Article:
April 18, 2011

Movie Review: Scream 4

Scream is a franchise that I did not think I would ever see resurrected. It is not that I would not welcome it, I have, it is just one of those series of films that seemed to have run its course more than a decade ago. Still, Wes Craven, thirsty for a hit has gone back to the well one more time resurrecting his second landmark dead teenager film. He was even able to get the remaining living (character wise) cast members to return to the fold for another go around. You know what? It turns out to be a solid entry in the series, easily outshining the first two sequels and approaching the first in entertainment value. I doubt it will end up being nearly as classic as the original, but I think I will enjoy revisiting it from time to time.

When the original arrived in 1996 it helped reinvigorate the horror genre. It was the first time that a horror movie was made where the cast was aware of horror movies. They reference them, they quote them, they even tell us the rules, all while a real horror movie develops within their reality. Sure, it was a little hyper-real and the dialogue and actions were a little corny at times, but it delivered laughs and scares in equal measure while giving us something fresh on the big screen. It was followed by a a pair of sequels which took the genre deeper down the rabbit hole. The second film saw a plot thread involving a movie of the events in the first movie while the third took us right onto the movie set of a second sequel to the film glimpsed in the second. The series grew more and more meta the further it went.

With this third sequel, we have reached the other end of the rabbit hole and we get to see the series fold back upon itself in a fascinating fashion. It is simultaneously a comedy infused horror-thriller and a reflection on where the horror industry and the cult of celebrity have gone since the original arrived on the scene. It really is a pretty interesting take on things, instantly familiar and fresh at the same time. I also like how the movie feels inherently like an underdog fighting to regain relevancy in the current climate of horror cinema. Take it a step further and there is another interesting piece of meta-relevancy revealed in the..... ahhh, I guess I can't tell you about that bit until you see the movie.

Each Scream entry has opened with an extended set piece featuring the first kill, the fourth film is no different. However, it does take it a step further and while it may be a touch gimmicky, it is a pointed stab (sic) at other horror franchises and a fun way of giving us some blood.

The movie proper opens with a return to Woodsboro. It is the anniversary of the killings that Sidney (Neve Campbell) survived in the original film and Sid has come home as part of a book tour. In her process of reclaiming herself she has written a book about the experience and how she has found it possible to move on. This visit also brings out survivors Dewey (David Arquette), now the Woodsboro sheriff, and Gail Weathers (Courteney Cox), former reporter and now Dewey's wife. We are also introduced to a group of new high school students, Jill (Emma Roberts), Kirby (Hayden Panettiere), Olivia (Marielle Jaffe), Robbie (Erik Knudsen), and Charlie (Rory Culkin). Let the games begin!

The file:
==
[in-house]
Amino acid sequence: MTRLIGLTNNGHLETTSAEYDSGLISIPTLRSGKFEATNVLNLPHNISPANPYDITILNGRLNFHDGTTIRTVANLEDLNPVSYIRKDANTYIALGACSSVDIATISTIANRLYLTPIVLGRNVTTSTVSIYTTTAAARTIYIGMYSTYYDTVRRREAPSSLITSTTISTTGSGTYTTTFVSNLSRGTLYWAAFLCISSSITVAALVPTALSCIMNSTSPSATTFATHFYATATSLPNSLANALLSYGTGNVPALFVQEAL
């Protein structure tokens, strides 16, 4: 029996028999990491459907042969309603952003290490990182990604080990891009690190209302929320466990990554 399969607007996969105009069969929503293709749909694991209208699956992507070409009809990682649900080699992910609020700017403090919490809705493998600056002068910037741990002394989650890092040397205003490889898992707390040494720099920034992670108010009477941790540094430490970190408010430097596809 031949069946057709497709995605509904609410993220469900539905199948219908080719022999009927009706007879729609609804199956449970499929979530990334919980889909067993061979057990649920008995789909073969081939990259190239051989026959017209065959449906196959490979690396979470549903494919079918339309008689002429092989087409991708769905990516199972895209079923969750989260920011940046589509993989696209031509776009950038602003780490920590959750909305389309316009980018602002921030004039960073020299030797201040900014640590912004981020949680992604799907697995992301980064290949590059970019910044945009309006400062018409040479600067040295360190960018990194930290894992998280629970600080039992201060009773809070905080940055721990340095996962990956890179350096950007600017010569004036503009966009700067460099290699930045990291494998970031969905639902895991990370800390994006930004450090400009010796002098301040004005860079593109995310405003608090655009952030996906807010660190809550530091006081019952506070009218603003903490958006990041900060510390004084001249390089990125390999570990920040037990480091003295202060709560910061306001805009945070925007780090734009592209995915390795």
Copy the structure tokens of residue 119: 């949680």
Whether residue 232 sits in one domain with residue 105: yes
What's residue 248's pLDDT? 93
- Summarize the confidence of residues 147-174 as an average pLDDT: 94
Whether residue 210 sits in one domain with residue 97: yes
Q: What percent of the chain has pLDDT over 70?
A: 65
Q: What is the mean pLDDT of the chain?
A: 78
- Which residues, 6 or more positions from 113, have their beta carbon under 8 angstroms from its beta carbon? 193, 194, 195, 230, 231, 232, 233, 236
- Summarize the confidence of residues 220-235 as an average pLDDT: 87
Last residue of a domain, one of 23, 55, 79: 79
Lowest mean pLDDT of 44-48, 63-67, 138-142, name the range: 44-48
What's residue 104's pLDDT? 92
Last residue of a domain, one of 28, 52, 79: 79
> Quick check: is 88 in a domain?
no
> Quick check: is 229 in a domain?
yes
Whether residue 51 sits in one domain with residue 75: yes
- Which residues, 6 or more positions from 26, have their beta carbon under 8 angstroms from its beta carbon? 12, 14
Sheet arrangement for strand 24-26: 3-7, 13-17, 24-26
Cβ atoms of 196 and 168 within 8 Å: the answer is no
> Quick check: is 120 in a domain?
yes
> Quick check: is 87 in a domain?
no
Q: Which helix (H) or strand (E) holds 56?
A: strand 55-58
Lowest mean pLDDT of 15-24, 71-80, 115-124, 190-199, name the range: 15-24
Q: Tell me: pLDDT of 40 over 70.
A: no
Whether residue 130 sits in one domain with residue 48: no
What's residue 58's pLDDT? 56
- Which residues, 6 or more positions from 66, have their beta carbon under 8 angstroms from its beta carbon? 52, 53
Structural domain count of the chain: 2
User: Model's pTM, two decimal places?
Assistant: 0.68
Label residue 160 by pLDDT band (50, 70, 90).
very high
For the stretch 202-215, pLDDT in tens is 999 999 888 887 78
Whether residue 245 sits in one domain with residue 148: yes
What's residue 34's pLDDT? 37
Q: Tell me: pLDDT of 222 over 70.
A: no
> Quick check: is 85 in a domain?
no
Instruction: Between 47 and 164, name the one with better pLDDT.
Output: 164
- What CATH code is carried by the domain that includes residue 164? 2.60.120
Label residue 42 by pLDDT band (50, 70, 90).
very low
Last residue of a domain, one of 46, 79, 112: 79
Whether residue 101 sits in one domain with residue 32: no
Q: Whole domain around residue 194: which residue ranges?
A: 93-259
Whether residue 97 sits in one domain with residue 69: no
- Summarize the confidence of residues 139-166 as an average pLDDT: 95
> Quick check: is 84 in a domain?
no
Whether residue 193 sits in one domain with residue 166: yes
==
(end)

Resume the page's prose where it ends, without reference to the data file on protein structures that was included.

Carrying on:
The anniversary sees a new series of death in the name of Ghost Face and Sidney is once again the primary target, well, the target after a few games are played at her expense. In between the kills (which are bloodier and more brutal than any of the prior three films) we get a revisionist look at what we learned in the first film. Well, it is more like we are given modern versions of the characters we enjoyed in the original, for better or worse. These new takes bring with them new outlooks, visions, and rules. We are told of rules governing long running sequels and remakes and how they seek to one up the originals while staying true to their origins and also how they can be popular for no other reason than name recognition and through no other action of their own.

This Scream is a lot like the old scream but with a twist. It feels like a remake, but it also feels like a sequel. My favorite part of the this franchise has always been the inside baseball feel. This outing is no different. It has characters I like to watch, if not always like.

Wes Craven and Kevin Williamson have successfully breathed life into the franchise. The original should be hailed as a classic, simultaneously bringing life into a genre and spawning years of terrible copycats. This new one is a return to form, particularly for Craven whose last outing, My Soul to Take, was, how to say nicely, lacking. This time out there is energy, excitement, frightful jumps of laughter, a killer with a look that can haunt nightmares, heroes that are determined, and is just overall entertaining.

The cast does a fine job. The returning trio is great, like they never left we are allowed to slip back into their lives. The new cast represents the next generation, the feeling of remake flows through them as they present the rewritten rules.

Classic? No. Fun? Definitely. Scream 4 is a more than worthy entry into series canon and is one of the more entertaining horror entries of late. It may feel familiar, but it also feels very different from what we get as horror fans these days. There is a that feeling that it is fighting its way back to relevancy in a world that thrives on so-called torture porn (a term I dislike, but works as effective shorthand).

See it, you may just find that you like it.

Highly Recommended.

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